Measuring the charge on a piece of tape
To measure the size, in Coulombs, of the electric charge
transferred from a tabletop to a piece of tape.
What's the Point?
Electricity can be very important in the interaction
between two objects, at their surface of contact.
It is especially important at small scales,
for objects smaller than a centimeter or so.
In this experiment, you'll see electric forces bend
two pieces of tape.
Cutnell and Johnson, Chapter 18.
Note especially the discussion of the electric force between
two charged particles:
- scotch tape
- digital analytical balance
- Measure the mass per unit length of tape
- Cut a strip of scotch tape about 10 cm long. Measure its length
and width carefully.
Use the balance to measure the mass of the tape in grams.
Calculate the mass per unit length of the tape,
in grams per centimeter.
You'll need this to determine the mass of some pieces
of tape later on
- Create two strips of tape
- Cut two strips of roughly the same length, around 10 cm long.
Place each strip sticky-side down on a table near the edge,
so that about one quarter of the strip hangs over the edge.
Try to arrange the pieces so that the same length of each
one is stuck to the table.
Measure that length carefully.
Use a marker to draw a line on each piece of tape
where it touches the edge.
- Place charge on each strip
- Using one hand for each strip, grab the ends which are hanging
over the edge of the table. Try to grip the tape as close
to the mark as possible.
Pull the strips up and off the table.
As you break the bond between tape and surface, the tape
will pull some charged particles off the surface.
Each strip will end up with an electric charge, and the sign
of the charge (positive or negative) will be the same for
Hold your hands well apart, so that the strips don't come
close to each other. Make sure that the strips
are face-on to each other.
- Move the strips close enough to exert significant electric forces
on each other -- but not close enough to touch
- Have your partner hold a ruler horizontally, and hold your hands
that that you can measure the distance between the two strips.
Slowly move your hands together. Watch the strips. They should
hang straight down at first, but as they approach each other,
the electric charges on their surfaces will repel each other.
Measure the separation D at which the strips bend
away from each other at approximately 45 degrees from the
vertical. You may discover that one strip bends more than
the other; if so, then find the distance at which the
angles away from the vertical add up to 90 degrees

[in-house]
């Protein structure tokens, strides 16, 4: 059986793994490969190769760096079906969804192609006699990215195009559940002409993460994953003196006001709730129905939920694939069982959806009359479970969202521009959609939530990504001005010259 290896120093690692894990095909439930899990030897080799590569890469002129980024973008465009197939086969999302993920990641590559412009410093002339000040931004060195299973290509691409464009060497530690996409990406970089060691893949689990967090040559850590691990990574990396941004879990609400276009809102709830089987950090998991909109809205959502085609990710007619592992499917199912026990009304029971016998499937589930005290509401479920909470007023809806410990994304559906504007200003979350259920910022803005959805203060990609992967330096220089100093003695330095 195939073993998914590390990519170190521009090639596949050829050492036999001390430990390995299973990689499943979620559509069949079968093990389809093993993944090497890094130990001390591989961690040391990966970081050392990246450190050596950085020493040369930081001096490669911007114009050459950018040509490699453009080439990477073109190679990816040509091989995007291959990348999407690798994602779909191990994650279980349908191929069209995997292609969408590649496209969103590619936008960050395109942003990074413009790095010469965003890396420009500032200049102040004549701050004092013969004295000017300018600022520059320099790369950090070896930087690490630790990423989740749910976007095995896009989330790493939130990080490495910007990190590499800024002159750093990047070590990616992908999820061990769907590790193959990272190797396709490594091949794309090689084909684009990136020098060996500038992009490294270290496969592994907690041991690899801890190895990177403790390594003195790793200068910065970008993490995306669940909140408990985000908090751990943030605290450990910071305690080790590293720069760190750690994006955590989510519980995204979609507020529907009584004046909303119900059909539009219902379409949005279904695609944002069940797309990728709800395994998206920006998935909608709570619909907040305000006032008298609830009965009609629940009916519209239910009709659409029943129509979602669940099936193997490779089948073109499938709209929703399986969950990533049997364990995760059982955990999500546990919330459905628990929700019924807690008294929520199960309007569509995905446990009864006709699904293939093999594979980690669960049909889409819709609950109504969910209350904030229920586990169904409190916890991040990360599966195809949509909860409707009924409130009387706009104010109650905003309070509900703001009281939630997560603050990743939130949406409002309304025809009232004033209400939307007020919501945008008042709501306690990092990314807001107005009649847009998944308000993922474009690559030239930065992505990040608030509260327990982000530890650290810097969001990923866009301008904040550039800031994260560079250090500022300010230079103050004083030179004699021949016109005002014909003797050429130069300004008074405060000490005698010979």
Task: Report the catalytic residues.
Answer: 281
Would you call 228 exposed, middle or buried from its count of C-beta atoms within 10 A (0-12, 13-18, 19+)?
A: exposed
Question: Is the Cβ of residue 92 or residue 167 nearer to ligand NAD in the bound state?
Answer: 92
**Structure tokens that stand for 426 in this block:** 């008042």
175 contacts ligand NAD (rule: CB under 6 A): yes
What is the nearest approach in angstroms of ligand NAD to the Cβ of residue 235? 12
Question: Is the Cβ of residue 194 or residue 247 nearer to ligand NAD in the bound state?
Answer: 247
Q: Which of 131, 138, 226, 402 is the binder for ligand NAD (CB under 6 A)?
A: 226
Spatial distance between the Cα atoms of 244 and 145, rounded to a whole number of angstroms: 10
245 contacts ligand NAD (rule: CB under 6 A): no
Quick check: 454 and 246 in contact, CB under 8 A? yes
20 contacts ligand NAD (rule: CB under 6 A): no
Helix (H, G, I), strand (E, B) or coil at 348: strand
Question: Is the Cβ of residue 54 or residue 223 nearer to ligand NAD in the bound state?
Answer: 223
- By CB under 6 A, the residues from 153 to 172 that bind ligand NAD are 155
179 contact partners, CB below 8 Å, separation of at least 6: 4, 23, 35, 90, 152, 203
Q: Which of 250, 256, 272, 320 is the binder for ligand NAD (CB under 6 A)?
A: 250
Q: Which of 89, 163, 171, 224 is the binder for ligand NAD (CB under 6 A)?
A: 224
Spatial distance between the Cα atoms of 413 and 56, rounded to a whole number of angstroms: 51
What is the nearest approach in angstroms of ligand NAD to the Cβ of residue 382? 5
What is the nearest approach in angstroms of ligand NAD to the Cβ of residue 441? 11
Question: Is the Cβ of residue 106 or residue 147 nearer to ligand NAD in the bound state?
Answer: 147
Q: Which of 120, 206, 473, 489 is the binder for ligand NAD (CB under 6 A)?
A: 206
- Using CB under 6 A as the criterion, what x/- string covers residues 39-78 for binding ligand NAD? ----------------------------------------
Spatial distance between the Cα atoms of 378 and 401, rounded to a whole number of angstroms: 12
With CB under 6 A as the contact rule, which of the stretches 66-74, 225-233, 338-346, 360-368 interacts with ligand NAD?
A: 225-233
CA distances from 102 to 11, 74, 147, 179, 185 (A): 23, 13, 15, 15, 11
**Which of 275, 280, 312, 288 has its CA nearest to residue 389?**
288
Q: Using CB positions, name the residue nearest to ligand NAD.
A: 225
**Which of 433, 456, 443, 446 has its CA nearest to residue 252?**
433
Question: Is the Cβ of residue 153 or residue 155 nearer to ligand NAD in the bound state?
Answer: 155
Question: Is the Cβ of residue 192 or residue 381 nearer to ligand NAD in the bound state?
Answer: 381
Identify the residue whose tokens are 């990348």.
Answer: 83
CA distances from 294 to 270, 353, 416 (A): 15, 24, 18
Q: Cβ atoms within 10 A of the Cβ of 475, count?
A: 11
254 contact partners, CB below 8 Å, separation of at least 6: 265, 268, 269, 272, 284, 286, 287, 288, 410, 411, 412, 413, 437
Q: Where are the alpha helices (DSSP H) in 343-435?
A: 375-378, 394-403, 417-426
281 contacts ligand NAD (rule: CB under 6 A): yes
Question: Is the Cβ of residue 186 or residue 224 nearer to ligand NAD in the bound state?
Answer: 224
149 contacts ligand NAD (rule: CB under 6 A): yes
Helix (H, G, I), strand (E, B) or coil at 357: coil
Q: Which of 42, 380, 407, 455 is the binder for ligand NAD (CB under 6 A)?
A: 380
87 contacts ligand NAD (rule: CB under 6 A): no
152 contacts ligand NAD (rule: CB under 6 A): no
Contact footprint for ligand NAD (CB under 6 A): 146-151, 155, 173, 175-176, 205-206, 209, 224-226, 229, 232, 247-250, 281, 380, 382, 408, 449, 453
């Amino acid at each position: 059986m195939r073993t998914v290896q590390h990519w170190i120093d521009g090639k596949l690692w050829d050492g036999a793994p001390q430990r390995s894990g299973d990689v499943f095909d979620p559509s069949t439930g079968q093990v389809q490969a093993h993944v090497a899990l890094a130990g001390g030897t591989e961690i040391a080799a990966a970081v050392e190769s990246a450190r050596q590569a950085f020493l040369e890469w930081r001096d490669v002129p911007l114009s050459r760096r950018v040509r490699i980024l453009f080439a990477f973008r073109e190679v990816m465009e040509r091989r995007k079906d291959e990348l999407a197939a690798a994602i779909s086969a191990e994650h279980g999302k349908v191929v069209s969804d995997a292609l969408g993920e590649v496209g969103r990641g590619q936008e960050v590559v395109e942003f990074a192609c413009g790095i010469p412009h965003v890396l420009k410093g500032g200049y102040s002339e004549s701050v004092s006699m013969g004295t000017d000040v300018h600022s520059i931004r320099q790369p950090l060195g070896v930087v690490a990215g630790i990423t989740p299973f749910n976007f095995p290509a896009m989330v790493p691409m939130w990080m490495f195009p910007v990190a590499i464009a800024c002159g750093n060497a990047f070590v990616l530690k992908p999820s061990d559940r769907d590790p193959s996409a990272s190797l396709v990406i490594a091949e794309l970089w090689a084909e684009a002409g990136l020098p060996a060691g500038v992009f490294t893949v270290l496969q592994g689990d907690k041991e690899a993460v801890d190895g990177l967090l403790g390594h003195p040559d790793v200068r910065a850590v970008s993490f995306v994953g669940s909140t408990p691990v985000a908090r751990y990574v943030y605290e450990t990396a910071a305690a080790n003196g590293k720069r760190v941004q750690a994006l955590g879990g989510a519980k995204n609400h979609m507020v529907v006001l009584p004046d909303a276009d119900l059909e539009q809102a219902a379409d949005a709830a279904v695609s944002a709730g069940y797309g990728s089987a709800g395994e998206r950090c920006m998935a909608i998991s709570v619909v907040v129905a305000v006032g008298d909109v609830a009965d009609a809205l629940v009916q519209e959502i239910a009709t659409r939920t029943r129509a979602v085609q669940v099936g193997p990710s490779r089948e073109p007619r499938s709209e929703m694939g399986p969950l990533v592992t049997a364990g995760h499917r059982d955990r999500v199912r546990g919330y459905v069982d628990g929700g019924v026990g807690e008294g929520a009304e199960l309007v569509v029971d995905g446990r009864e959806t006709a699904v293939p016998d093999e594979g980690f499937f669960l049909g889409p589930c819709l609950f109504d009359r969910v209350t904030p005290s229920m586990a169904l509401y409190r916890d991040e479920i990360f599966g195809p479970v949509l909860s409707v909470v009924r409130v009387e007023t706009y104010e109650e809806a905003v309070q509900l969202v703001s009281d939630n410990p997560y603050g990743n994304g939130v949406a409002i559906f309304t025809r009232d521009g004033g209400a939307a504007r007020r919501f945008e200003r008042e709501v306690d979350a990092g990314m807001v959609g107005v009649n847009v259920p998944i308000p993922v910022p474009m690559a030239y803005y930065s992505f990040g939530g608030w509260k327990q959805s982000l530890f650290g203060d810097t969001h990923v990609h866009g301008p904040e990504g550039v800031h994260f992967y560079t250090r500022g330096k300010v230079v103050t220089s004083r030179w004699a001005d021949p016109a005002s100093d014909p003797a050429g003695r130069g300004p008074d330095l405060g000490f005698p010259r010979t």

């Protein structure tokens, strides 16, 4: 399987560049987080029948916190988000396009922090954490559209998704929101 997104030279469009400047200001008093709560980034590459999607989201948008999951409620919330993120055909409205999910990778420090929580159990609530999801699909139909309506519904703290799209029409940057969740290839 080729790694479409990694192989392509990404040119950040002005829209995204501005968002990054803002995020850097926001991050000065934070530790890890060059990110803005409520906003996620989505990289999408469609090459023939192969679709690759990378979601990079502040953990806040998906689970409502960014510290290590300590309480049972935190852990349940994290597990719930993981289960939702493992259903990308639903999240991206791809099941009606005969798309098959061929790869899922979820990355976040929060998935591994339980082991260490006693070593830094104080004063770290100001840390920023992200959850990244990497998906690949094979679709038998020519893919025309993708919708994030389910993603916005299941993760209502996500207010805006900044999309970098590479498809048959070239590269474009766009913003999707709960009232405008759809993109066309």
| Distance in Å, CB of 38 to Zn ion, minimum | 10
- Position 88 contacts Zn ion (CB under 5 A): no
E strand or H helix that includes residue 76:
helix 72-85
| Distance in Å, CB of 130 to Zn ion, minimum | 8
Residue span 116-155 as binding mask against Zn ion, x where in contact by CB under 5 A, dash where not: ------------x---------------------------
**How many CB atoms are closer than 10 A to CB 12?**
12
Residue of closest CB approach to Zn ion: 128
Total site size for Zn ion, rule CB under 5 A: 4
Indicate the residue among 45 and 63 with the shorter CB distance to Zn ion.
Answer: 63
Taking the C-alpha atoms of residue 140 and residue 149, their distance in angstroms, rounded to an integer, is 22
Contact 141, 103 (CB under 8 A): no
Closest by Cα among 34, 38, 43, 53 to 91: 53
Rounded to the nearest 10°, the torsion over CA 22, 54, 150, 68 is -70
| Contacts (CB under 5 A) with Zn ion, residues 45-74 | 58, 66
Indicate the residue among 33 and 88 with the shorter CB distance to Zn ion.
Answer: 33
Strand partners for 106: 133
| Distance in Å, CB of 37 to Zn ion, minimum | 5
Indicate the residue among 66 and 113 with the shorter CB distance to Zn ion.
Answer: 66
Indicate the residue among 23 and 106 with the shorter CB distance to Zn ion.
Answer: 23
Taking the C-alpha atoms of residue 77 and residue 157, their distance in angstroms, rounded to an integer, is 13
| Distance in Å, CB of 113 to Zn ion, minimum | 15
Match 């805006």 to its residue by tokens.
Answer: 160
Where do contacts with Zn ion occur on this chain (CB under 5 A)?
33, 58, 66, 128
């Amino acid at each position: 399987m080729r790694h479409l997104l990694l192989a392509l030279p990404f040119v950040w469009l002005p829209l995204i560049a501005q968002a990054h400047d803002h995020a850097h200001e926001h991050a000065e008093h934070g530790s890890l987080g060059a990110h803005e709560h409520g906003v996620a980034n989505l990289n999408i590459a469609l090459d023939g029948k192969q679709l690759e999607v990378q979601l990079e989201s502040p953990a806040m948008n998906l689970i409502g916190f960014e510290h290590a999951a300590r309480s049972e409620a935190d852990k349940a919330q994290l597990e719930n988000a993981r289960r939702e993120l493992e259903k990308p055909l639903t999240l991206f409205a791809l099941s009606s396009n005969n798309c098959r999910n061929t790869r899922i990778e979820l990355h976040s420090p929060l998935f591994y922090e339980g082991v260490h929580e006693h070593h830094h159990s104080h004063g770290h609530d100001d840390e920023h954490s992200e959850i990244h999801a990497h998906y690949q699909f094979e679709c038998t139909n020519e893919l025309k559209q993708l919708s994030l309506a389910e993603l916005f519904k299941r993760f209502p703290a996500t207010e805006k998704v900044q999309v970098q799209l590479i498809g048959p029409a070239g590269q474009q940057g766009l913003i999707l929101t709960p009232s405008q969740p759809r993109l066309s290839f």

(e.g. 30 degrees away from the vertical for one piece
and 60 degrees for the other).
Be sure to measure
D as the distance between the top sections of the
tape, held by your fingers.
- Make a simplification
- Calculating forces on extended objects such as these strips
of tape is difficult. It is much simpler to deal with
ideal objects: "point masses", tiny little particles which
contain all the mass and charge of a real object, condensed into a
In this case, we can replace the real situation, shown
above, with an reasonable substitute: two charged point masses,
each at the center of the hanging strip, connected to
the top section of tape by a massless little string.
The mass of the ideal ball, m, is the same as
the mass of the hanging section of the tape.
The charge of the ideal ball, q, is the same as
the charge of the hanging section of the tape.
The length of the string, L, is just half
the length of the hanging section.
- Draw a free-body diagram of the ideal situation
- Pick one of the little balls in the idealized situation.
Draw a free-body diagram which shows the direction of all
the forces acting on it. (Hint: there are three forces).
Use your diagram to set up two equations describing
the net force on the little ball: one in the vertical
direction, one in the horizontal direction.
- Figure out the size of the charge on each strip of tape
- You should be able to solve these equations for
the charge on each little ball, q (you may
assume that it is the same size on each ball).
This charge is a decent approximation to the actual charge
accumulated on each strip of tape when you ripped it off
Express this charge in both Coulombs and in electrons.
Okay, so you know approximately how much charge was transferred
to a piece of tape. But can you also answer these questions?
- Does the tape pick up negative charge (electrons) or positive
charge (protons)? Is it possible to tell, in theory?
Is there any practical way to find out?
- Suppose that the tape grabbed little chunks of stuff from the tabletop,
each containing e, one electron's worth of charge
(either positive or negative).
What fraction of the atoms along the surface of contact
contributed some charge to the tape?
Did every atom on the tabletop contribute one chunk of charge,
or only a few of all the atoms touched by the tape?
You'll need to compare the number of units of charge e
to the number of atoms on the surface of the tabletop
touched by the tape.
To a very rough approximation, atoms in the table are spaced
in a grid, with about 0.2 nm between each atom.
- We assumed that the amount of charge on each piece of tape
is the same (you may assume that it is the same size on each ball).
Is this a good assumption or a bad assumption? Support your answer.
Last modified 11/18/2003 by MWR